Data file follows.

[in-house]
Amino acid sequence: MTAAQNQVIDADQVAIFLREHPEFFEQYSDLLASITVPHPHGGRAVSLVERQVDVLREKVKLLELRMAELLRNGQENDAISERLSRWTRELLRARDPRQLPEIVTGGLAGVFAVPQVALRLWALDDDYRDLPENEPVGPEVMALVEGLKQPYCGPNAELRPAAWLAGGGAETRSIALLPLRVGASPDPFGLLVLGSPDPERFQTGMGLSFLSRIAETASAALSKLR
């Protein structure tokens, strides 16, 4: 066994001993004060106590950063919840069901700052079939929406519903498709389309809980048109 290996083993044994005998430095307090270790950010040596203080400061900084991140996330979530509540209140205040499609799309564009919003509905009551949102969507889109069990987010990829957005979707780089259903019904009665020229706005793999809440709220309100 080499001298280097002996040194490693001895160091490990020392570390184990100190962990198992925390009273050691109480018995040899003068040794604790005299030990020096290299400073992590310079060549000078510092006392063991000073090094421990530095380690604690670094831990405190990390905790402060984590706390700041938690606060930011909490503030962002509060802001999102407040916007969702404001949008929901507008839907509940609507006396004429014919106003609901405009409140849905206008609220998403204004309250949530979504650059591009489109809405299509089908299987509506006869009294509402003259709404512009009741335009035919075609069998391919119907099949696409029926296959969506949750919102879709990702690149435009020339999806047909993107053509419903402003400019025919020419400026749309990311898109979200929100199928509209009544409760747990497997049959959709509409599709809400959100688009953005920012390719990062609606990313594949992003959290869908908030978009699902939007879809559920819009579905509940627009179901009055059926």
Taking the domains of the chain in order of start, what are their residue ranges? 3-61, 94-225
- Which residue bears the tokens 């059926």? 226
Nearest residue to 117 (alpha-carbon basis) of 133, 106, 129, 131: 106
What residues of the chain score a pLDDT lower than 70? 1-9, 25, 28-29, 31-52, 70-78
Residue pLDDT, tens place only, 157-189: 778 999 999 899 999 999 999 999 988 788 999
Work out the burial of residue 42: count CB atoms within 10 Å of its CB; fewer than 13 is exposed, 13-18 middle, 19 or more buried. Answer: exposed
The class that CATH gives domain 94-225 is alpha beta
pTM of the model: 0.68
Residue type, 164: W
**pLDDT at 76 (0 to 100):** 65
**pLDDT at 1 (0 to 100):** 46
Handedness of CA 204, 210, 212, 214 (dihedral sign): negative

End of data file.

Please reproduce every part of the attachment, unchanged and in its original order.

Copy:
[in-house]
Amino acid sequence: MTAAQNQVIDADQVAIFLREHPEFFEQYSDLLASITVPHPHGGRAVSLVERQVDVLREKVKLLELRMAELLRNGQENDAISERLSRWTRELLRARDPRQLPEIVTGGLAGVFAVPQVALRLWALDDDYRDLPENEPVGPEVMALVEGLKQPYCGPNAELRPAAWLAGGGAETRSIALLPLRVGASPDPFGLLVLGSPDPERFQTGMGLSFLSRIAETASAALSKLR
């Protein structure tokens, strides 16, 4: 066994001993004060106590950063919840069901700052079939929406519903498709389309809980048109 290996083993044994005998430095307090270790950010040596203080400061900084991140996330979530509540209140205040499609799309564009919003509905009551949102969507889109069990987010990829957005979707780089259903019904009665020229706005793999809440709220309100 080499001298280097002996040194490693001895160091490990020392570390184990100190962990198992925390009273050691109480018995040899003068040794604790005299030990020096290299400073992590310079060549000078510092006392063991000073090094421990530095380690604690670094831990405190990390905790402060984590706390700041938690606060930011909490503030962002509060802001999102407040916007969702404001949008929901507008839907509940609507006396004429014919106003609901405009409140849905206008609220998403204004309250949530979504650059591009489109809405299509089908299987509506006869009294509402003259709404512009009741335009035919075609069998391919119907099949696409029926296959969506949750919102879709990702690149435009020339999806047909993107053509419903402003400019025919020419400026749309990311898109979200929100199928509209009544409760747990497997049959959709509409599709809400959100688009953005920012390719990062609606990313594949992003959290869908908030978009699902939007879809559920819009579905509940627009179901009055059926």
Taking the domains of the chain in order of start, what are their residue ranges? 3-61, 94-225
- Which residue bears the tokens 């059926």? 226
Nearest residue to 117 (alpha-carbon basis) of 133, 106, 129, 131: 106
What residues of the chain score a pLDDT lower than 70? 1-9, 25, 28-29, 31-52, 70-78
Residue pLDDT, tens place only, 157-189: 778 999 999 899 999 999 999 999 988 788 999
Work out the burial of residue 42: count CB atoms within 10 Å of its CB; fewer than 13 is exposed, 13-18 middle, 19 or more buried. Answer: exposed
The class that CATH gives domain 94-225 is alpha beta
pTM of the model: 0.68
Residue type, 164: W
**pLDDT at 76 (0 to 100):** 65
**pLDDT at 1 (0 to 100):** 46
Handedness of CA 204, 210, 212, 214 (dihedral sign): negative